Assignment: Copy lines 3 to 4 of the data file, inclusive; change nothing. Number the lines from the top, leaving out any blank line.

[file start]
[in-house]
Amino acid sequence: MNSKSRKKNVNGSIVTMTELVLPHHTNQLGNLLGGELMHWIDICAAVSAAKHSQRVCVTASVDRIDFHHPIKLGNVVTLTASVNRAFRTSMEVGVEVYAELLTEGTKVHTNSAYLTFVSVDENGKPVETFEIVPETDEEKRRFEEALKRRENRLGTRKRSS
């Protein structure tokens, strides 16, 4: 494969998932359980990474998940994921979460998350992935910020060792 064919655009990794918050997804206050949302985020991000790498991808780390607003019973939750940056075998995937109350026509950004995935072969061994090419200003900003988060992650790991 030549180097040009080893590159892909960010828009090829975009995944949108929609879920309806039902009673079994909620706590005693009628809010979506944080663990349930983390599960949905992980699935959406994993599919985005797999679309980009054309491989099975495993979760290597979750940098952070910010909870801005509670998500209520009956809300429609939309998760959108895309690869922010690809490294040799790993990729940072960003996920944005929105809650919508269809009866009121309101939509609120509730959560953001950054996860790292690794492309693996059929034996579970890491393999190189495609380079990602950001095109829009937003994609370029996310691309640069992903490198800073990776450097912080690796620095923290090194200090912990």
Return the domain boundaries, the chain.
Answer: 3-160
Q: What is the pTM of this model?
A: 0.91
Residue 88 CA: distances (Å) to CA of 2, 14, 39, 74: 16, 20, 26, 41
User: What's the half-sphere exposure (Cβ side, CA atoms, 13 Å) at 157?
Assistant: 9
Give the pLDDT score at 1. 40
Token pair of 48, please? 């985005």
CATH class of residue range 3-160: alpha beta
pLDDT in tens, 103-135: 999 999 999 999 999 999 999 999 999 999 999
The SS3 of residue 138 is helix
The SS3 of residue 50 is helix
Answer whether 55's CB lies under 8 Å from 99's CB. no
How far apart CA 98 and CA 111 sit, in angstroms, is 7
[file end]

């Protein structure tokens, strides 16, 4: 494969998932359980990474998940994921979460998350992935910020060792 064919655009990794918050997804206050949302985020991000790498991808780390607003019973939750940056075998995937109350026509950004995935072969061994090419200003900003988060992650790991 030549180097040009080893590159892909960010828009090829975009995944949108929609879920309806039902009673079994909620706590005693009628809010979506944080663990349930983390599960949905992980699935959406994993599919985005797999679309980009054309491989099975495993979760290597979750940098952070910010909870801005509670998500209520009956809300429609939309998760959108895309690869922010690809490294040799790993990729940072960003996920944005929105809650919508269809009866009121309101939509609120509730959560953001950054996860790292690794492309693996059929034996579970890491393999190189495609380079990602950001095109829009937003994609370029996310691309640069992903490198800073990776450097912080690796620095923290090194200090912990």
Return the domain boundaries, the chain.